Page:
Unremarkable ordinary politics, despite the constant cries of imminent theocracy from the anti-religious “reality-based community”.

paul a'barge said...

religion generates and controls his political ideology

I'll come out of the closet ... I'm one of these people. And I'm not ashamed of it.

What is it with you anti-religious bigots? Do you never look in a mirror and see the big red "H" branded on your foreheads?

Richard Fagin said...

Giuliani has been pretty open about his stance on abortion, at least. I'd have to give him an affirmative on sincerity for that alone.

Do "we" want a politician to be divinely inspired, or at least divinely guided? That's why we have elections. Some think divine guidance is essential, others find it repulsive. It's pretty clear what Robert Barnes' opinion is.

Some can't seem to make the moral distinction between divine guidance in the defense of life and liberty and divine guidance in the imposition of brutal religious dictatorship, even mass murder of non-believers. That is difficult to explain, particularly when those unable to make the distinction are supposedly the best and brightest of the society that defends the former. President Pat Robertson might set us back a few years socially. He wouldn't order anyone stoned to death for adultery or order beheadings and female genital mutilation. And Speaker of the House Pelosi would not have to wear a head covering to visit him in the White house.

Tim said...

"Barnes is doing something to Giuliani that is often done to Bush — making it seem as though religion generates and controls his political ideology."

Of course he is, and none should be surprised to see more of it, especially if Giuliani is the nominee. Wrapping Republicans in cloak of "excessively religious" (even when obviously false, as it is with Giuliani) is the mainstream media and Democrat's dog-whistle to secular swing voters.

rcocean said...

This whole "lets keep religion out of politics" is impossible and isn't practiced by anyone. Religion is the basis for public morality. Why isn't polygamy or infanticide legal in the USA? At bottom, its due to morality and religion.

And if Gulliani thinks the USA is an exceptional country, what does it matter *why* he thinks that?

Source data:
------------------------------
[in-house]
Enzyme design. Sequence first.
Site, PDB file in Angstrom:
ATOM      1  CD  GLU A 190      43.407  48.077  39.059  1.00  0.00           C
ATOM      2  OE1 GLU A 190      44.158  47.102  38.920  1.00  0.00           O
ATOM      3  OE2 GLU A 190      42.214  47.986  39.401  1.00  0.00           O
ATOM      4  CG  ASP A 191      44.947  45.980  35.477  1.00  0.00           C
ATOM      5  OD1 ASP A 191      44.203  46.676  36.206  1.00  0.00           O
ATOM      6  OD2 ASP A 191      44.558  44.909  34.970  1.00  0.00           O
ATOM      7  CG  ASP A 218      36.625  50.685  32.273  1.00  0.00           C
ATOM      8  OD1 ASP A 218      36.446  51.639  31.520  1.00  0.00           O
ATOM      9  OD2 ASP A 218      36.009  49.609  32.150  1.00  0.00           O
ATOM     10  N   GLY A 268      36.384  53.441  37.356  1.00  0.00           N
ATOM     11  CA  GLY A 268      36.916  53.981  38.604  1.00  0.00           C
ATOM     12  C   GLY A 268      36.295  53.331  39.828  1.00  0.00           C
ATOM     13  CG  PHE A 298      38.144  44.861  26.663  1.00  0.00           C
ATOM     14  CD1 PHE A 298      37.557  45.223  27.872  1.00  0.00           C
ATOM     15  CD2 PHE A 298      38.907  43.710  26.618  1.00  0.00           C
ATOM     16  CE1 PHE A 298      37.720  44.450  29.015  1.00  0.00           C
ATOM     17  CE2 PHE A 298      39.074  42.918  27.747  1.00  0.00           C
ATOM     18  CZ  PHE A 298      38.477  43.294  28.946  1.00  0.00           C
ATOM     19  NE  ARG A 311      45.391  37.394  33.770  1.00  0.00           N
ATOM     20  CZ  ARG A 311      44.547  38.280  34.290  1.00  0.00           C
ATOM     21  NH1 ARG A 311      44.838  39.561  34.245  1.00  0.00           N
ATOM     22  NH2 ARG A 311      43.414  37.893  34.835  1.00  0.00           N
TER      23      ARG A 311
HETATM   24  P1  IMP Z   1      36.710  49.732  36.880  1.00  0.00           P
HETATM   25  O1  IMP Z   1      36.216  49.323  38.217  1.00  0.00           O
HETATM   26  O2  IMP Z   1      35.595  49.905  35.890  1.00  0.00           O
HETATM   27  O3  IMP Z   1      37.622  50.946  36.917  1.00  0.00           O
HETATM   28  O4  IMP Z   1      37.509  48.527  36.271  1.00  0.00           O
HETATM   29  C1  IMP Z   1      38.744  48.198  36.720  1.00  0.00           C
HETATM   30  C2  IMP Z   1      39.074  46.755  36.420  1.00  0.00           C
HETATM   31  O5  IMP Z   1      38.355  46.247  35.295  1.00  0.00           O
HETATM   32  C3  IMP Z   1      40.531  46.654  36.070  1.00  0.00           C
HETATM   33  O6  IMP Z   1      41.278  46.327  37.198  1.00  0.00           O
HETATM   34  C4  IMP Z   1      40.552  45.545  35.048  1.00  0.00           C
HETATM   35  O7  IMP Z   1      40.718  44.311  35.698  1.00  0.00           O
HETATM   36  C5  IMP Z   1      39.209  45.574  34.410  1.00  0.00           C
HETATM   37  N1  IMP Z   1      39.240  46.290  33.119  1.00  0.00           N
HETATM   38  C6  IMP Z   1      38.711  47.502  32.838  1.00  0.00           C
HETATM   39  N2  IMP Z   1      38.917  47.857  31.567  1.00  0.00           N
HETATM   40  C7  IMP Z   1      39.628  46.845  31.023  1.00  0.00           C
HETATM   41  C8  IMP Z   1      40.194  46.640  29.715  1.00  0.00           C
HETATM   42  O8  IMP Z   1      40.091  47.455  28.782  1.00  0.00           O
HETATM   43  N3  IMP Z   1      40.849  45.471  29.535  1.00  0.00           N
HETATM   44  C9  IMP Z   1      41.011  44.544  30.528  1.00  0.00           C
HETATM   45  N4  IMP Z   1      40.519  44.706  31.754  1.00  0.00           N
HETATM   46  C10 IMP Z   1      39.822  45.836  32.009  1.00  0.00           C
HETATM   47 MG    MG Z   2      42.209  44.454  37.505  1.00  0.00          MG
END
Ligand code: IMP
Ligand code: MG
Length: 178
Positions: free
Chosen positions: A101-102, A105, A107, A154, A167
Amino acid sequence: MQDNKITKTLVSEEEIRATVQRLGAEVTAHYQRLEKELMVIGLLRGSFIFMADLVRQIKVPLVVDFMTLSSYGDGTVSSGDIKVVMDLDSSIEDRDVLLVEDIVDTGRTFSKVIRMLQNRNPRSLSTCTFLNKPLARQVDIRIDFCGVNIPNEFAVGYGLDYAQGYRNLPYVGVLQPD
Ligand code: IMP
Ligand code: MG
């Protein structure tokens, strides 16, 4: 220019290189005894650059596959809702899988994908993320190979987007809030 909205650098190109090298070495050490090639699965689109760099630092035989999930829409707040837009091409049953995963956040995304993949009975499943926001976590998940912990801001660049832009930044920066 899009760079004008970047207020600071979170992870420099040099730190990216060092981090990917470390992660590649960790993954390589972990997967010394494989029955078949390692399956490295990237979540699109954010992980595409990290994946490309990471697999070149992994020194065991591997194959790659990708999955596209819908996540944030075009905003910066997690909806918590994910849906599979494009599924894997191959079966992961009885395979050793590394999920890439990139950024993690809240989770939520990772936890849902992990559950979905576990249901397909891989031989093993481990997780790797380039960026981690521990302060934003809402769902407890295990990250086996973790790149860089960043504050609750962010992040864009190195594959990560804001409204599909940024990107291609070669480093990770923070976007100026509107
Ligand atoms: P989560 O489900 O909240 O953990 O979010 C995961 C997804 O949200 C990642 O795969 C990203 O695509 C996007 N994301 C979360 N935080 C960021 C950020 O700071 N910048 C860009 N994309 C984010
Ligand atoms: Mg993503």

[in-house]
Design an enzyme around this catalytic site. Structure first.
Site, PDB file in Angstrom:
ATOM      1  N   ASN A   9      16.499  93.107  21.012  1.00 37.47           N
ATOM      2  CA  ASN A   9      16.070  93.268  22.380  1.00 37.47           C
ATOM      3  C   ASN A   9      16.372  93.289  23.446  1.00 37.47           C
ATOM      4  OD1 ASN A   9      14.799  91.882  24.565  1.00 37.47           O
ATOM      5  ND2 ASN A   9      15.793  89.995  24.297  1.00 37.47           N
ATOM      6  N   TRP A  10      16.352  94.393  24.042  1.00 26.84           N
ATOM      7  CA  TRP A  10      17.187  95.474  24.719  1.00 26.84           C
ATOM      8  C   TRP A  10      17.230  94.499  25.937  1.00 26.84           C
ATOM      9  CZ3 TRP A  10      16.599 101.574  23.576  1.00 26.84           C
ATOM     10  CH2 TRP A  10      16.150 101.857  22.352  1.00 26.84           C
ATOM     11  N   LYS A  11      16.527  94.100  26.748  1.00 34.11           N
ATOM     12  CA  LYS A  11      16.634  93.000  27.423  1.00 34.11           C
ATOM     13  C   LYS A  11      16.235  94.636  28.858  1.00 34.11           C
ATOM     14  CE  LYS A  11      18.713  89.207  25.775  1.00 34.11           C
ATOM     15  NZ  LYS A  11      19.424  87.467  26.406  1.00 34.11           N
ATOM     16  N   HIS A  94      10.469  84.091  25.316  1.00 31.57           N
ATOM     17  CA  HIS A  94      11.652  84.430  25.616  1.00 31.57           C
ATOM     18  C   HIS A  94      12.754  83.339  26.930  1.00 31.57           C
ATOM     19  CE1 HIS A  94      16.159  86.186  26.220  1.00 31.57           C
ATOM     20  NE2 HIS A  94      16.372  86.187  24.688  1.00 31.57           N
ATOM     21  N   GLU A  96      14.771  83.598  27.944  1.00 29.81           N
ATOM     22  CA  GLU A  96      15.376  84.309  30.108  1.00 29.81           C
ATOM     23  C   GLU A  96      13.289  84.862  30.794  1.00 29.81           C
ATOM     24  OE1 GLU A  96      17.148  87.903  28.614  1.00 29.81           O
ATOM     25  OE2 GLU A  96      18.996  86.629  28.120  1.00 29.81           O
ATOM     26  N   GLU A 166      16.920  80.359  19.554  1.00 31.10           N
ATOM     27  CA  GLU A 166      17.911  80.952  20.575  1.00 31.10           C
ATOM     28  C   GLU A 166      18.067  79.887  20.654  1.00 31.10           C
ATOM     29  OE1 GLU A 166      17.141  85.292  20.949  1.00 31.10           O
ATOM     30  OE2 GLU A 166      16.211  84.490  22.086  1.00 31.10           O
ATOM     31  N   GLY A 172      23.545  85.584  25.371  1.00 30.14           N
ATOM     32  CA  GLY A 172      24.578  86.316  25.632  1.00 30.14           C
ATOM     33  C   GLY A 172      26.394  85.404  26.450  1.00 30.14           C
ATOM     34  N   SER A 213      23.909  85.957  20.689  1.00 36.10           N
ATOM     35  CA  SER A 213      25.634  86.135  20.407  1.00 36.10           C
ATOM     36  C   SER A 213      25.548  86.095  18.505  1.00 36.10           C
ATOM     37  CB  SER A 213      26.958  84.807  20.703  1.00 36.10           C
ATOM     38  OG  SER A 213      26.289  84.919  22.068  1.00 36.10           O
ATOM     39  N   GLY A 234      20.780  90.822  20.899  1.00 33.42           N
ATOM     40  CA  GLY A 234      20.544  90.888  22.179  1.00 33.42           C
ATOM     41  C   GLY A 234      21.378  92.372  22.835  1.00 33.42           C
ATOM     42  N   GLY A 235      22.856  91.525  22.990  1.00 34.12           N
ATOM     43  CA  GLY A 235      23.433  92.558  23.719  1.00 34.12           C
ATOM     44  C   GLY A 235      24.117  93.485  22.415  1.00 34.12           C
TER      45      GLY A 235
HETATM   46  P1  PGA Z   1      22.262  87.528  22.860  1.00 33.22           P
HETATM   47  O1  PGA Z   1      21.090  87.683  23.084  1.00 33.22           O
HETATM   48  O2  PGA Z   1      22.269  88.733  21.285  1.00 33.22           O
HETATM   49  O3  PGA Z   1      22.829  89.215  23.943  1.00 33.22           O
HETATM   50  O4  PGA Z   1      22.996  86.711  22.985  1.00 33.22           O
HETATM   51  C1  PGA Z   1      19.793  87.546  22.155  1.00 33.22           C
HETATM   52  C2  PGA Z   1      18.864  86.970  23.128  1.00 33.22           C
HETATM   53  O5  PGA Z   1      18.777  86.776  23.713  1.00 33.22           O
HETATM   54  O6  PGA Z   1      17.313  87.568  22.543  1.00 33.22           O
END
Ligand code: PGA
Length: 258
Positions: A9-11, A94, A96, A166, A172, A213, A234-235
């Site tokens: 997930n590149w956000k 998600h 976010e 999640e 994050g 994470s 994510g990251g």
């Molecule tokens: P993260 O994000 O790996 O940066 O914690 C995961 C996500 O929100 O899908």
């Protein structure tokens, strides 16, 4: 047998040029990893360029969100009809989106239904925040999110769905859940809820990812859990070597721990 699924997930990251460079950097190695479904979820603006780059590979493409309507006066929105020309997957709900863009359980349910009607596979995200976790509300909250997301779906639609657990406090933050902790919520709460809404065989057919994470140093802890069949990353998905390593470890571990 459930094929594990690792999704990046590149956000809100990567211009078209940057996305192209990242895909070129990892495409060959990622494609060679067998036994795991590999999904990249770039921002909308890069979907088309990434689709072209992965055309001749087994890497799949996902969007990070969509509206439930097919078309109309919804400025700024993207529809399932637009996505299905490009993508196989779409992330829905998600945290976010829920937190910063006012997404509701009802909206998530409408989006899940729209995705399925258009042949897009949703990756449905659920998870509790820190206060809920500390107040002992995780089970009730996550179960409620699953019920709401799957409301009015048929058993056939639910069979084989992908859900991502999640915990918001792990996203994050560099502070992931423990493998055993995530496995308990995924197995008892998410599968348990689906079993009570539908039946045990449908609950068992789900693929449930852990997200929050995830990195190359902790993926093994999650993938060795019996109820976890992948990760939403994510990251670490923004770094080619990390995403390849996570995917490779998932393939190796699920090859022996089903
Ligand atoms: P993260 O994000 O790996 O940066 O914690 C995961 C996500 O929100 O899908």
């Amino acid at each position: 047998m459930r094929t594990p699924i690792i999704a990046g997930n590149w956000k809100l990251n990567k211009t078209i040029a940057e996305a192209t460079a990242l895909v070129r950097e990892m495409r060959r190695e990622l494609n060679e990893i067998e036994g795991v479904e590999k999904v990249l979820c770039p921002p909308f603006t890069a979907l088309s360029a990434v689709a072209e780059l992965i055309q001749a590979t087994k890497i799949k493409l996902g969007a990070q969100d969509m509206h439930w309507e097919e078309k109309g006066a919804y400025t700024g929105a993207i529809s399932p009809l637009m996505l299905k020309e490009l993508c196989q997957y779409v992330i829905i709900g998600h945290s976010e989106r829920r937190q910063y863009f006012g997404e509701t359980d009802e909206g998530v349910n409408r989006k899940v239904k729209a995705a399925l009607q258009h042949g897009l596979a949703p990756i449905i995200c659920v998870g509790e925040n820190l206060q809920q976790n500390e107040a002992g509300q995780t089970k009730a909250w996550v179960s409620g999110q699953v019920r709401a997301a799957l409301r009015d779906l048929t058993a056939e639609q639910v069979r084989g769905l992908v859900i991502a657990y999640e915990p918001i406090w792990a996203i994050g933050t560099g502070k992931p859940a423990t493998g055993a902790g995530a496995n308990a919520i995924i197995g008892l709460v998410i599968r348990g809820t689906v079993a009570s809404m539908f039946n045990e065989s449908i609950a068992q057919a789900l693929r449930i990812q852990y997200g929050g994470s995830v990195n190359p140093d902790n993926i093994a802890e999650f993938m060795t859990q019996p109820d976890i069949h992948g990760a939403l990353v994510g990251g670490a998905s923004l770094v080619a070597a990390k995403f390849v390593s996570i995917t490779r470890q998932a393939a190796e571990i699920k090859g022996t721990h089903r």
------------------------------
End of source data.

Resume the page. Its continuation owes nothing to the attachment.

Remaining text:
The country was founded by religious persons and their religious principles informed their policies. For example, the abolition movement was motivated by religion. Many Christians support Israel for religious reasons.

P. Drāno said...

No, you are wrong. You cannot add anything to the word "even" by way of interpretation.
Supposing I say: "Mr Giuliani enjoys food, even barbecued ribs", you may not infer "possibly" or "some might say". My statement implies that Mr Giuliani enjoys barbecued ribs.

Ann Althouse said...

But, Drano, he doesn't say I believe there is a special, even a divinely inspired role in the world. He's saying that some people doubt that there is a special, even a divinely inspired role. I think the implication is that people should believe that there is at least a special role and they may even go so far as to think it is divinely inspired.

Omaha1 said...

Some can't seem to make the moral distinction between divine guidance in the defense of life and liberty and divine guidance in the imposition of brutal religious dictatorship, even mass murder of non-believers. That is difficult to explain, particularly when those unable to make the distinction are supposedly the best and brightest of the society that defends the former. President Pat Robertson might set us back a few years socially. He wouldn't order anyone stoned to death for adultery or order beheadings and female genital mutilation. And Speaker of the House Pelosi would not have to wear a head covering to visit him in the White house.

Richard Fagin, as you have alluded, even the most religious of candidates, once elected, would find their political impulses moderated by the influence of our representatives in Congress. In the predominately-Muslim Middle East, such moderation does not always exist, but in the US, the imposition of a theocratic, legalistic form of government would prove to be virtually impossible.

There may be a significant number of voters who believe that biblical doctrine should be enforced by federal government authority. In my opinion, however, even most Christian fundamentalists would object to this type of theocratic assumption of power, in the fear that it could be usurped by a non-Christian cabal in the future.

Paco Wové said...

"Do you never look in a mirror and see the big red 'H' branded on your foreheads?"

Standing for what? "Heretic"? "Hologram"? "Hereford"? "Hypocrite"? "Heterozygote"?

Paco Wové said...

"My statement implies that Mr Giuliani enjoys barbecued ribs."

A better analogy would be something like, "Some doubt that barbequed ribs form a vital, even foundational role in American cooking. I don't see how you can say that..."

So there's a triple layer of indirection -- first, the "x -- even y" tactic Althouse notes, wrapped in a negation attributed to others -- "Some doubt" -- wrapped in Rudy's own negation ("I don't understand..."). I suspect all these layers were added precisely to permit the sort of parsing Althouse engages in here.

It avails Rudy naught, however, because Barnes simply chops away at the full quote until it says what he wants it to say.

Trooper York said...

Jake: First you traded the Cadillac in for a microphone. Then you lied to me about the band. And now you're gonna put me right back in the joint!
Elwood: They're not gonna catch us. We're on a mission from God.
Rudy: Come on I got the tambourine.
Elwood: Let's lose the bald guy.
(The Blues Brothers 1980)